There’s something naturally inspiring about autumn: the crackle of fallen leaves, the russets of berries, the magic of Halloween. It is a wonderful time to turn your hand to some simple autumn crafts to keep the kids entertained over half-term or even after school as the evenings draw in.
Here are our favourite autumn craft ideas which kids will love, all of which are low-cost, easy to make and fabulous fun!
This is one of our favourite simple craft projects. It’s a great way to use up spare paper plates left over from children’s parties!
If they’re patterned, turn them over and paint the reverse orange, if they’re plain, even better as you can decorate both sides! Cut some ghoulish features such as eyes and teeth out of black card and stick them onto the face of your paper plate pumpkin, before adding a green stalk which can be fashioned from fallen leaves or green card.
String your paper plate pumpkin up in the window to welcome visitors and set the tone for Halloween!
This autumn craft activity combines both physical exercise with fine motor skills – perfect to incorporate into a family walk.
Simply task each child (and grown-up too!) with finding a good stick, about the width of a pencil and no more than a foot long.
As you walk, collect up fallen leaves of differing colours and thread each leaf onto the stick like a kebab. Children can make them as full as they wish.
The result not only looks beautiful but it gives you and your children a chance to admire nature and talk about the trees you spot along the way.
Plus, leaf crafts such as this are free and super simple to make.
This is a Halloween twist on the classic gingerbread man silhouette and only requires card, scissors, glue and white wool.
Using either a template or stencil, create some gingerbread man-shaped figures out of black card and stick two googly eyes onto the face. If you don’t have googly eyes, you can cut small circles from black and white paper to create a similar effect.
Then, using white wool, wrap the yarn around the figure, making it look magnificently mummified! Make sure the fun googly eyes peep through the wool for a fun, spooky effect.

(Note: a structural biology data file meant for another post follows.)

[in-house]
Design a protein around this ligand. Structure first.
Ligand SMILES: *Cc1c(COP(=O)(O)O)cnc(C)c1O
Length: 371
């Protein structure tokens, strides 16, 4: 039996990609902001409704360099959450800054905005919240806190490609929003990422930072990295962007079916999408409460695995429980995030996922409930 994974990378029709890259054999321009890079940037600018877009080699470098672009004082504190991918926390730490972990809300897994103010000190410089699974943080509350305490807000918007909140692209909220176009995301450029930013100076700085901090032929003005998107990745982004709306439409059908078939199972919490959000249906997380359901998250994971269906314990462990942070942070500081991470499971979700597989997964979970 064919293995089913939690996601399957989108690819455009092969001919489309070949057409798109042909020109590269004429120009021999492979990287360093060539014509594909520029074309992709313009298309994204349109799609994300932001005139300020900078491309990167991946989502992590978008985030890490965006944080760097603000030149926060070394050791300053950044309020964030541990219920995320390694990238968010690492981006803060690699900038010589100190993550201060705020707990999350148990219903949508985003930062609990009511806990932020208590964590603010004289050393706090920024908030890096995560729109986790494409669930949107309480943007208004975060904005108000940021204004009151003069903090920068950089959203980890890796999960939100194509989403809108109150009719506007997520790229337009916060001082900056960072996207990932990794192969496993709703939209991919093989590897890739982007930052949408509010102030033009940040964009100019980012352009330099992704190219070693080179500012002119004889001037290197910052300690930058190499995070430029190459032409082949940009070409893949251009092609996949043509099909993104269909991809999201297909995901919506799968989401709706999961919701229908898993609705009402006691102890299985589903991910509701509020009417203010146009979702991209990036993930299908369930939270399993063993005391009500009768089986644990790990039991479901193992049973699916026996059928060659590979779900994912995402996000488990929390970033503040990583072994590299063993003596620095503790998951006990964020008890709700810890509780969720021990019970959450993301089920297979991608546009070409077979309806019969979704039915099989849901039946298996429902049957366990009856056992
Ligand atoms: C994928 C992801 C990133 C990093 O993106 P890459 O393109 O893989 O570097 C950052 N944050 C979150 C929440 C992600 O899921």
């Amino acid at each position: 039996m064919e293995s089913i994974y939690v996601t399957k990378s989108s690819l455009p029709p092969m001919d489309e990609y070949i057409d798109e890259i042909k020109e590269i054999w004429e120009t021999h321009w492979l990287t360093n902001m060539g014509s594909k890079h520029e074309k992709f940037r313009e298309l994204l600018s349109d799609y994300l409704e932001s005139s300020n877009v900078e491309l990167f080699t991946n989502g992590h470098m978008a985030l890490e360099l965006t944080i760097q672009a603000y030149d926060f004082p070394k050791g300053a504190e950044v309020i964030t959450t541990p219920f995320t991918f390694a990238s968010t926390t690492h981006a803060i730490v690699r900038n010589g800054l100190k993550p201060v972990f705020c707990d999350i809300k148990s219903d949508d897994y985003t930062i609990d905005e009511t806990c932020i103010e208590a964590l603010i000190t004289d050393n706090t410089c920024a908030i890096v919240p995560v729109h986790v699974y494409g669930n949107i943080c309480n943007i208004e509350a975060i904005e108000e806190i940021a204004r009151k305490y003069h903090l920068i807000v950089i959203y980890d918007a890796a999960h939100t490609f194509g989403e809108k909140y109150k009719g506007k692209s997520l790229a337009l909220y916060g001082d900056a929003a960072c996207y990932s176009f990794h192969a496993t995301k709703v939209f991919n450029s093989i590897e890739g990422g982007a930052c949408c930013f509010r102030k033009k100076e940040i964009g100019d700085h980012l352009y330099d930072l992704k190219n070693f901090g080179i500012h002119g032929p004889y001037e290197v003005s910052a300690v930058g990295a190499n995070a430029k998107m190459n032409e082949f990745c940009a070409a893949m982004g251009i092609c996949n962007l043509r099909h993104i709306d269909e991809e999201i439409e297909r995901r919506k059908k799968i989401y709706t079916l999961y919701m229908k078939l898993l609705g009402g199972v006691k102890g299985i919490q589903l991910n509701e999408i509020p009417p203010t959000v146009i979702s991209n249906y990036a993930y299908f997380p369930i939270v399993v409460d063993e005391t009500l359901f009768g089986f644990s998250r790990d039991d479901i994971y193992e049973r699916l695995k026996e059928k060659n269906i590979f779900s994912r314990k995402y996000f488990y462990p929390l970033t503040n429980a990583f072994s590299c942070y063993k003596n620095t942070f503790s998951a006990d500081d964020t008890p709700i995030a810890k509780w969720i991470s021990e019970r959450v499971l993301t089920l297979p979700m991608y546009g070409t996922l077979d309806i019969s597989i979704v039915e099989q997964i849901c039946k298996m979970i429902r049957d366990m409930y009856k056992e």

If you’re feeling crafty, make a bunch of figures and join them together to make a creepy garland for Halloween!
This craft activity is brilliant for building fine motor skills.
It is a busy time for squirrels as they gather nuts to store for winter, so making your own adorable furry friends from pinecones is a simple yet fun seasonal activity.
On a family walk, collect up a batch of different sized pine cones (the more ‘open’ shaped the better). They’re free and easy to find, making them ideal for autumn crafts for kids.
Using good quality glue, stick a brown pom pom towards the narrow end of the cone, making the face, then attach a couple of googly eyes. If you don’t have googly eyes, little white stickers with black dots for pupils work just as well.
Next, get two brown pipe cleaners and wind these into the body of the pinecone to create two arms. Do the same with another, larger pipe cleaner for the tail.
Finish by gluing an acorn to the end of one of the arms for a cute and fun festive touch.
Why not make an entire family of squirrels and place them in a tree in your garden for a seasonal display?
A pack of glowsticks are a relatively inexpensive source of fun, especially with the darker evenings setting in.
A fun and creative autumn twist, which makes a great prop for Halloween, is to make super-charged glowstick broomsticks!
Each individual glowstick acts as a broom handle and, using brown paper (parcel paper on a roll is great for this), cut a strip about the size of a DL envelope.